Vietnamese Phrase Book; Department of the Army Pamphlet, No. 20-611
Washington DC: U.S. Government Printing Office, 1962. Presumed First Edition, First printing. Hardcover. xv, , 176 pages. This work contains English-Vietnamese translations of the words and phrases most likely needed by Special Forces personnel on a mission to this language area. This work is divided into nine sections plus an alphabetized vocabulary. The sections are: Initial Encounter with Locals, Security; Orientation; Accidental Encounter with Deserters; Basic Information on the Potential of Locals for Organization of Guerrilla Units; Enemy Lines of Communication; Drop Zones; Food, Sanitation, and Weather; and Social. Vietnamese is one of the most spoken languages in the world, with around 90 million native speakers. It is the official language of Vietnam and is also widely spoken in places where the Vietnamese have immigrated, such as the United States, France and Australia. Vietnamese grammar is very simple: nouns and adjectives don't have genders, and verbs aren't conjugated. Vietnamese is a tonal language; the meaning of a word depends on how high or low your voice is. Vietnamese is not related to Chinese, though it contains many loan words from Chinese due to centuries of Chinese rule in Vietnam, and even used Chinese-like characters as its writing system, called "ch Nôm", until Vietnam was colonised by the French. Vietnamese spelling is more or less phonetic, and generally similar to Portuguese (which it is based on). Once you figure out how to pronounce each letter and tone, you have a pretty good idea of how to pronounce Vietnamese, which has very few exceptions compared to English.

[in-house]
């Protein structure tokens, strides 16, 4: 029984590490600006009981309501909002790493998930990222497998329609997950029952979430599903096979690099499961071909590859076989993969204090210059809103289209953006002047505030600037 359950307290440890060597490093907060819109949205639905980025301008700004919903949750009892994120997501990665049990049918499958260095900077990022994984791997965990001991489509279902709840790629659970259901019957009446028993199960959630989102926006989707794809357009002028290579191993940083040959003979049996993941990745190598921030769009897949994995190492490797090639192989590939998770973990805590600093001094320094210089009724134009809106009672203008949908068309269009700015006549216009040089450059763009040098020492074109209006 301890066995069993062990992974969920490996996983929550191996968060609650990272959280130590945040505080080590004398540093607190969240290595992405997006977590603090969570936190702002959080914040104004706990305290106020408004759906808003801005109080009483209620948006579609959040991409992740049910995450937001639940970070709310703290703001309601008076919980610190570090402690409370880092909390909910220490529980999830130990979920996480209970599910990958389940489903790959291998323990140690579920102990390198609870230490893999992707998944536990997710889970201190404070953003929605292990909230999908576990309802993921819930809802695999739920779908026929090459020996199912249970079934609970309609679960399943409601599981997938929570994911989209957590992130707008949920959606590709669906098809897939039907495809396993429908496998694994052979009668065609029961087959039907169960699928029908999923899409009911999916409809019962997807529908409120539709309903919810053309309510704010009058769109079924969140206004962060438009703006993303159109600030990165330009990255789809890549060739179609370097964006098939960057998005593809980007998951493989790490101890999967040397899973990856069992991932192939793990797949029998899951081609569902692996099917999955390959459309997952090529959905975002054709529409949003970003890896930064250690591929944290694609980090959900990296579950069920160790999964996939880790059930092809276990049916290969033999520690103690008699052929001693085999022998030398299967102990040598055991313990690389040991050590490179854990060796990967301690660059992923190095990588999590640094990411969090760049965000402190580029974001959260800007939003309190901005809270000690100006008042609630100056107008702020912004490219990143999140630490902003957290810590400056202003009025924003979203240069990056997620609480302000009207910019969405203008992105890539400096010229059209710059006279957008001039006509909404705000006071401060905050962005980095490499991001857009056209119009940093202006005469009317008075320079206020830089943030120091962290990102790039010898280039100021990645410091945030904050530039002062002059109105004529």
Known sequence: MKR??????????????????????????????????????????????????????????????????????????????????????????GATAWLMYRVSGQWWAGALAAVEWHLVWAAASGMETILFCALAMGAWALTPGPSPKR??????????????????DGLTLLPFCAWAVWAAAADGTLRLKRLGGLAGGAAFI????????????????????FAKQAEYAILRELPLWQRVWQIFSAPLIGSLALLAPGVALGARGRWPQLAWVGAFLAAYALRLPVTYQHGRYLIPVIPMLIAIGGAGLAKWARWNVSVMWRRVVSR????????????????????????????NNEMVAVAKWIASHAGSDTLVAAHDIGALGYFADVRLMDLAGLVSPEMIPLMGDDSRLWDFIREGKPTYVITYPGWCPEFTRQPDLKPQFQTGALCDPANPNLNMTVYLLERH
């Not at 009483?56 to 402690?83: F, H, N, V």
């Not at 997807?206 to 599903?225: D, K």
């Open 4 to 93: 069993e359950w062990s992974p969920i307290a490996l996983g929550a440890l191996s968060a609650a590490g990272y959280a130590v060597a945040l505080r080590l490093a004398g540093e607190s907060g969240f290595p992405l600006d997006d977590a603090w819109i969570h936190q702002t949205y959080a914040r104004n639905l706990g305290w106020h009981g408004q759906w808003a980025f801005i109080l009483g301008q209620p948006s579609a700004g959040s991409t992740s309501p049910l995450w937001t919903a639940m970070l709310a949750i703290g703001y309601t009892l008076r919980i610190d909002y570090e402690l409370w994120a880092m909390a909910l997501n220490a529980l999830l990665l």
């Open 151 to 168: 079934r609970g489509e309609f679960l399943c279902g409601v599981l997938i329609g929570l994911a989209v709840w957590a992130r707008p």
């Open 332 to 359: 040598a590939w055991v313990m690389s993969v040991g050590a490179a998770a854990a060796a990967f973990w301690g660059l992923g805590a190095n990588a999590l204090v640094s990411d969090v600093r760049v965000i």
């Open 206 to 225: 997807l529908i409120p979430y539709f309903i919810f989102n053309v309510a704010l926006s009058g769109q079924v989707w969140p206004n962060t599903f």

Special forces and special operations forces are military units trained to conduct special operations. NATO defines special operations as "military activities conducted by specially designated, organized, trained, and equipped forces, manned with selected personnel, using unconventional tactics, techniques, and modes of employment". Special forces emerged in the early 20th century, with a significant growth in the field during the Second World War, when "every major army involved in the fighting" created formations devoted to special operations behind enemy lines. Depending on the country, special forces may perform some of the following functions: airborne operations, counter-insurgency, "counter-terrorism", foreign internal defense, covert operations, direct action, hostage rescue, high-value targets/manhunting, intelligence operations, mobility operations, and unconventional warfare. The term special forces in the United States refers to the U.S. Army's forces, while the term special operations forces (SOF) refers to all units. Condition: Very good.
Keywords: Vietnam War, Special Forces, Phrase Book, Reference Work, Department of the Army Pamphlet, Drop Zones, Lines of Communication, Guerrilla Warfare, Deserters, Security, Language, Linguistics